This set, on the other hand, is more varied. Less political, I suppose, and more personal.
I am quite content to be in my thirties, and nothing affirms that more than being around people in their late teens and early twenties. (26)
First: I have loved every decade of my life, each for different reasons. Also: I’m only just beginning my 30s, so I’m hardly an expert.
But there does seem to be something different, more comfortable, about this era already. At 30, adulthood feels like a pair of shoes that I’ve finally broken in. I’m not playing dress up anymore.
Don’t get me wrong, I’m still a work in progress. But I’m more the person that I want to be than ever before.
“Self-absorption is different from self-love.” (111, quoted from Diana Spechler’s novel SKINNY)
This struck a chord with me because I know a few people who don’t fully comprehend the distinction between these two things, or can’t cross the bridge from one to the other. (And perhaps I’m guilty myself at times.) It’s kind of ironic how much you can focus on the self, and it comes off as ego, when really it’s more reflective of a deep well of insecurity.
It makes perfect sense that many of us obsess over our bodies. There is nothing more inescapable. Our bodies move us through our lives. They bring pleasure and pain. Sometimes our bodies serve us well, and other times our bodies become terribly inconvenient. (113)
I’ve gone through ups and downs with my body image over the years. (What young woman hasn’t?) Puberty is notoriously tough, but pregnancy has been surprisingly fraught too. My body is doing incredible things for my baby girl, and I am extremely grateful for how well it is “tolerating” pregnancy. (My OB’s words, haha, not mine.) But at the same time, my body has also morphed into something unfamiliar, seemingly overnight. And it continues to grow, becoming increasingly foreign and uncomfortable, both physically and emotionally.
In the end, the price cannot be separated from the gift, so I will pay it. I will even embrace it, for the strange and wonderful marvel that it is.
But I won’t pretend that it doesn’t also trouble me sometimes.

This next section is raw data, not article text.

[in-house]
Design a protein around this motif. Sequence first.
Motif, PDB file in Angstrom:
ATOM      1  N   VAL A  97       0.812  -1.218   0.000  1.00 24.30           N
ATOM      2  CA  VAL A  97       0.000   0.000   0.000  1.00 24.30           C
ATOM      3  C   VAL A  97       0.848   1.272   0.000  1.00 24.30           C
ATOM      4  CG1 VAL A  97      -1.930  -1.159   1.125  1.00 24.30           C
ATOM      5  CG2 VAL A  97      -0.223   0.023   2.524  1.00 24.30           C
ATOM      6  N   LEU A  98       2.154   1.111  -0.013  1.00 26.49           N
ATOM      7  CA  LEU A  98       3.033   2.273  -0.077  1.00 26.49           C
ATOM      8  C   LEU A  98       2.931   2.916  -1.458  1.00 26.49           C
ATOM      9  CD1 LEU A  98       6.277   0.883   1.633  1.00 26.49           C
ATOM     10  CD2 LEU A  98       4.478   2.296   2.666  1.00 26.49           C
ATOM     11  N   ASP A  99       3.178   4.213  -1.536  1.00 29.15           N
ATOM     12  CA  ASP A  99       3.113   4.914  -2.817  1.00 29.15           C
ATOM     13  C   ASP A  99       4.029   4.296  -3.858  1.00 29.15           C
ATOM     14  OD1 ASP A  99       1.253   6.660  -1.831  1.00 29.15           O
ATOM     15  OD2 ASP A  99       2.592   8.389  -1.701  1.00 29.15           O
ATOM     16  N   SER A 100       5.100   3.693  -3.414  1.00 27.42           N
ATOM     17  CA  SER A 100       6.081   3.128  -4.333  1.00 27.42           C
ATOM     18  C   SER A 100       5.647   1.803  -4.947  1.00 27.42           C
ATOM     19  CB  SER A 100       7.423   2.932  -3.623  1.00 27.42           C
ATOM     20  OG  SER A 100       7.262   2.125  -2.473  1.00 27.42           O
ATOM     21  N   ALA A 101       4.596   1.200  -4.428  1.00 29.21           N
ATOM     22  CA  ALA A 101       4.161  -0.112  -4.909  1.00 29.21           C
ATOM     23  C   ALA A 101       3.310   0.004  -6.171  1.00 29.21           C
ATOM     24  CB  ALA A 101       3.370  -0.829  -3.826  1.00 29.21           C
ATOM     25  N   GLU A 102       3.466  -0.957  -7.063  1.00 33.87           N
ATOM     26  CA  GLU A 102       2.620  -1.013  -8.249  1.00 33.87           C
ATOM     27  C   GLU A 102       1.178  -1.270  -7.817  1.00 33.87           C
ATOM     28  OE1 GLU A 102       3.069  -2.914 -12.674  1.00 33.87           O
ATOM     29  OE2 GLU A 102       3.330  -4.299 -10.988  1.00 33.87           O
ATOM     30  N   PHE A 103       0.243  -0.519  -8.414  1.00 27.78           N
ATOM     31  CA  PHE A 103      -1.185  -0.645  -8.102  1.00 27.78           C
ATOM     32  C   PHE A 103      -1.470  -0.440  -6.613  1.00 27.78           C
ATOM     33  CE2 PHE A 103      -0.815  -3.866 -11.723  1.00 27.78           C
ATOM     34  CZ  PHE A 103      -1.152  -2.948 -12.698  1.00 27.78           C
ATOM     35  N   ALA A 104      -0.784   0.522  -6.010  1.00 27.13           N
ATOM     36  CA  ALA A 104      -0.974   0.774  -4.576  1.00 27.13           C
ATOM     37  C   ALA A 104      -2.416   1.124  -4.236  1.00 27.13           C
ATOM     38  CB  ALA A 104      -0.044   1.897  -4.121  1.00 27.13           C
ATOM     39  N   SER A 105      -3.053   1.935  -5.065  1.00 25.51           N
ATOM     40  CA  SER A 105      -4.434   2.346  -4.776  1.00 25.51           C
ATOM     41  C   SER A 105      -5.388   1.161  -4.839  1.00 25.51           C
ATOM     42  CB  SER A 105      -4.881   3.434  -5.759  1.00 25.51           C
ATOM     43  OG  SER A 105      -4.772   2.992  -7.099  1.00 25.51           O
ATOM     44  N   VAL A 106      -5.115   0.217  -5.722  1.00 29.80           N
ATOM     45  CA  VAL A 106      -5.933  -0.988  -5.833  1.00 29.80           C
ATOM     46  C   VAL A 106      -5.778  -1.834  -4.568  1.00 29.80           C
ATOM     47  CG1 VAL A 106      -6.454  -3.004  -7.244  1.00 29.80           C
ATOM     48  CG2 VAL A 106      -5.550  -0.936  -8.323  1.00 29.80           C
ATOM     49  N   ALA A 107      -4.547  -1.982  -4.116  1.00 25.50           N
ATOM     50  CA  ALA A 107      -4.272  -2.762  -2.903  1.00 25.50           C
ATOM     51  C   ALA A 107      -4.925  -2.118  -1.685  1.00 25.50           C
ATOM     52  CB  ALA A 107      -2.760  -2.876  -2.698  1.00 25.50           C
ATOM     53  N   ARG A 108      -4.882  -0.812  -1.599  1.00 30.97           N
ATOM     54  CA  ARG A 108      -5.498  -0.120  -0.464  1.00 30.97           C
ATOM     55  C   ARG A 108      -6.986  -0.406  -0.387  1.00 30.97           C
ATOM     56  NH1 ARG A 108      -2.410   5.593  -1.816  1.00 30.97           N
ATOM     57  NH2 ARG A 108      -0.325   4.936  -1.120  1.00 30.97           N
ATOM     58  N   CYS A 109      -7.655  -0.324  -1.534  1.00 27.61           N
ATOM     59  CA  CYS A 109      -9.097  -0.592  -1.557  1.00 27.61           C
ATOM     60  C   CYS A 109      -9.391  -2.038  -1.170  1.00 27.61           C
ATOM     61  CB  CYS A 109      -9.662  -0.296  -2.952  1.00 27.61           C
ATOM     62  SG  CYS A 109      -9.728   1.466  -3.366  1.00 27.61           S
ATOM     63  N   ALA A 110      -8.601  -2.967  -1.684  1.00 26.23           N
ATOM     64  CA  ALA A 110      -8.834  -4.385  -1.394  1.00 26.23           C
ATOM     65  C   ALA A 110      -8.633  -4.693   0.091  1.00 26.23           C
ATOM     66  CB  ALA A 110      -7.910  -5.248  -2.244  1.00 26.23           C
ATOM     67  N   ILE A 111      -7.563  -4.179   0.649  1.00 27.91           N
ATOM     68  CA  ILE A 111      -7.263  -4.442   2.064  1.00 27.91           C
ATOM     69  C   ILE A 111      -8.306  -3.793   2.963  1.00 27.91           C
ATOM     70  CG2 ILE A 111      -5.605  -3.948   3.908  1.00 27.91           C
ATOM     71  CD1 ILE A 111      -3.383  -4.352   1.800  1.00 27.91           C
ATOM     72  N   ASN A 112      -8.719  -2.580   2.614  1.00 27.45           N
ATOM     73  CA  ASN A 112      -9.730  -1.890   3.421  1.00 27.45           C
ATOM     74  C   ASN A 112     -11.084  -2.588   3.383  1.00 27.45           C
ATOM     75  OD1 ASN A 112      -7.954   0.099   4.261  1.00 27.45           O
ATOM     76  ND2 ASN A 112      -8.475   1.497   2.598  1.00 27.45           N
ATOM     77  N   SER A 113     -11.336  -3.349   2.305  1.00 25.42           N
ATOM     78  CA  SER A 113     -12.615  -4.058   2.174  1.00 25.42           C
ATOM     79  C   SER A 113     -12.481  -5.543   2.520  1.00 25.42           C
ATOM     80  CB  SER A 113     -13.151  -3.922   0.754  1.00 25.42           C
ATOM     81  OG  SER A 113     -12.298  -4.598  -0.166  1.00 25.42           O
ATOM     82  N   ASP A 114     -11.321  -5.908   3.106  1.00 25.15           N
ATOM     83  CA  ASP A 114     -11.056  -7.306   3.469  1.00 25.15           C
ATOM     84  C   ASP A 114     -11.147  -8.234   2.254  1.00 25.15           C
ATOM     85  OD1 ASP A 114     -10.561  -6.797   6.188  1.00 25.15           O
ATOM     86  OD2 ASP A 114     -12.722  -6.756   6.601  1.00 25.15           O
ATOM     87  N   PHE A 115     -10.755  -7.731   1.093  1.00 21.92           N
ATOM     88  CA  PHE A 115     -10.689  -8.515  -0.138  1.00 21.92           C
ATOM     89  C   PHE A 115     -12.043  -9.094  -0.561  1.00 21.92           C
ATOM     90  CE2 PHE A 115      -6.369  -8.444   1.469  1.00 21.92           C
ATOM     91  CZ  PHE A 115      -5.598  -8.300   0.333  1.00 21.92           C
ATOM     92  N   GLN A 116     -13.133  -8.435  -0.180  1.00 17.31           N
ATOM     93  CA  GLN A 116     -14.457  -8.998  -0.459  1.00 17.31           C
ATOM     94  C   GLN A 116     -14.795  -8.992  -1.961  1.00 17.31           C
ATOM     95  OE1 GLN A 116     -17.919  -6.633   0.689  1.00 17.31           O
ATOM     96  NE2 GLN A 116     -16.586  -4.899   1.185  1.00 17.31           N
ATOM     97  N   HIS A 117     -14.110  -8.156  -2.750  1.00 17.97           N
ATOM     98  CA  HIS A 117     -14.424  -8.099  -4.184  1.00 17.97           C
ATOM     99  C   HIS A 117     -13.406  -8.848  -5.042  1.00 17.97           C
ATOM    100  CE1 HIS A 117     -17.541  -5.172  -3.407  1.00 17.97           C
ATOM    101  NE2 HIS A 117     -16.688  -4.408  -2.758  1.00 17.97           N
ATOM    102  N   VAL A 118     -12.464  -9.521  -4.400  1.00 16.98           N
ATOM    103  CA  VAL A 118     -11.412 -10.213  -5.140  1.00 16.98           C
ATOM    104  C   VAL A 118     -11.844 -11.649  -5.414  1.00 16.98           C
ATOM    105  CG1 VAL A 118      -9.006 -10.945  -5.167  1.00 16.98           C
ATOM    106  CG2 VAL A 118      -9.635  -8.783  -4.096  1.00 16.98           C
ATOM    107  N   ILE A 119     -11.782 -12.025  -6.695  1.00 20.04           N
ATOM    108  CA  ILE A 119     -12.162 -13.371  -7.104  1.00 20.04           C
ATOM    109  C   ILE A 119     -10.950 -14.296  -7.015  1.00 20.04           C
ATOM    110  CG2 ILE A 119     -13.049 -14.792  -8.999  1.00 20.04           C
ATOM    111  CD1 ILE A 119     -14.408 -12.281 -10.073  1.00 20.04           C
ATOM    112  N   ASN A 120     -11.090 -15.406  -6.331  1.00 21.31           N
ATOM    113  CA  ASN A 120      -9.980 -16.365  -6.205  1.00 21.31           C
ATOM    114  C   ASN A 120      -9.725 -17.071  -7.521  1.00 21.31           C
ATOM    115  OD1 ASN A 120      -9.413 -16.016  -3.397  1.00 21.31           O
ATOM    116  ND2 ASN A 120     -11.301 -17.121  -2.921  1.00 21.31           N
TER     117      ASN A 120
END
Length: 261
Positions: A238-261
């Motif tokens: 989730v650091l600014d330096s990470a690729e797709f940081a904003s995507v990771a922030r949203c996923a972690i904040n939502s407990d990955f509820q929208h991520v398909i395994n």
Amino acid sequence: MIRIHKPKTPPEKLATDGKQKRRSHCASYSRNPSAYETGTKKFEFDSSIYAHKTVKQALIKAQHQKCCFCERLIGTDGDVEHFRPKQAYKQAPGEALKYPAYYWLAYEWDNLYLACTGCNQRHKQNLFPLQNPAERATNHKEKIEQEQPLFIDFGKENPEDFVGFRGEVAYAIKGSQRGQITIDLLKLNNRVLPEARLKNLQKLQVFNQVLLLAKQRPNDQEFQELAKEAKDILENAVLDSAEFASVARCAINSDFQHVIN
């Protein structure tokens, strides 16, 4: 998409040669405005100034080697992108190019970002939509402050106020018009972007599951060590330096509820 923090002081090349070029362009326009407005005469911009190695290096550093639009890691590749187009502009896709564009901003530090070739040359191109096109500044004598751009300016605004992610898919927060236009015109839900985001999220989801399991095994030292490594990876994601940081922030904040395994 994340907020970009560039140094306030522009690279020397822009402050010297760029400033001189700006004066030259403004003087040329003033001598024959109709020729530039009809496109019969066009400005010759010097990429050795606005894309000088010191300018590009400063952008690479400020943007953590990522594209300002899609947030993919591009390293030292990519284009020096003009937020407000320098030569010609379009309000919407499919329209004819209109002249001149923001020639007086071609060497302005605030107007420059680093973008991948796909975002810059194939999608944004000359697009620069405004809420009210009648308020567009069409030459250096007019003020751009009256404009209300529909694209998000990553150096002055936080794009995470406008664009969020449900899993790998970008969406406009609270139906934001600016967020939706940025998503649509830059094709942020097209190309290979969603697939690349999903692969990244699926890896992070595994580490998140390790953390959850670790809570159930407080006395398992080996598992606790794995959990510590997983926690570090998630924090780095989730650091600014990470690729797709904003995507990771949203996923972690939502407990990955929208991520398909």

Just because you survive something does not mean you are strong. (144)
I like this as a counterpoint to the famous saying, What doesn’t kill you makes you stronger. I don’t think one is more true than the other; I just think it’s worth acknowledging that both are possibilities.
Too often, we fail to ask ourselves what sacrifices we will make for the greater good. What stands will we take? We expect role models to model the behaviors we are perfectly capable of modeling ourselves. (169)
I keep typing and erasing my thoughts in response to this quote. Obviously I haven’t quite sorted them out.
The one piece I can clearly express: The people I admire most tend not to look to others for greatness, but rather hold themselves to the highest standards, and constantly seek to improve.
We all have the capacity to do hurtful things, but we differ from one another in terms of scale — how much we can hurt others, how far we will go to make a statement about our beliefs, how remorseful we might feel in the aftermath of committing a terrible act. Most of us, if we are lucky, will only commit petty hurtful acts, the kinds of hurt that can be forgiven. (296)
This feels like a really important thing to understand. Basically: We are all capable of some degree of “evil.” But do we permit those weaknesses within ourselves, or strive to overcome them? Do we deny, or atone?
This is the modern age. When tragedies occur, we take to Twitter and Facebook and blogs to share our thoughts and feelings. We do this to know that maybe, just maybe, we are not alone in our confusion or grief or sorrow or to believe we have a voice in what happens in the world. (297)
Very true. And overall, I think it’s a positive thing — this sense of connection, this ability for everyone to have a platform. But it does come with drawbacks. Everything gets magnified, sometimes beyond recognition. I think we have to be careful not to just build an echo chamber around ourselves. And we have to be willing to listen and learn as much as we are eager to speak and be understood.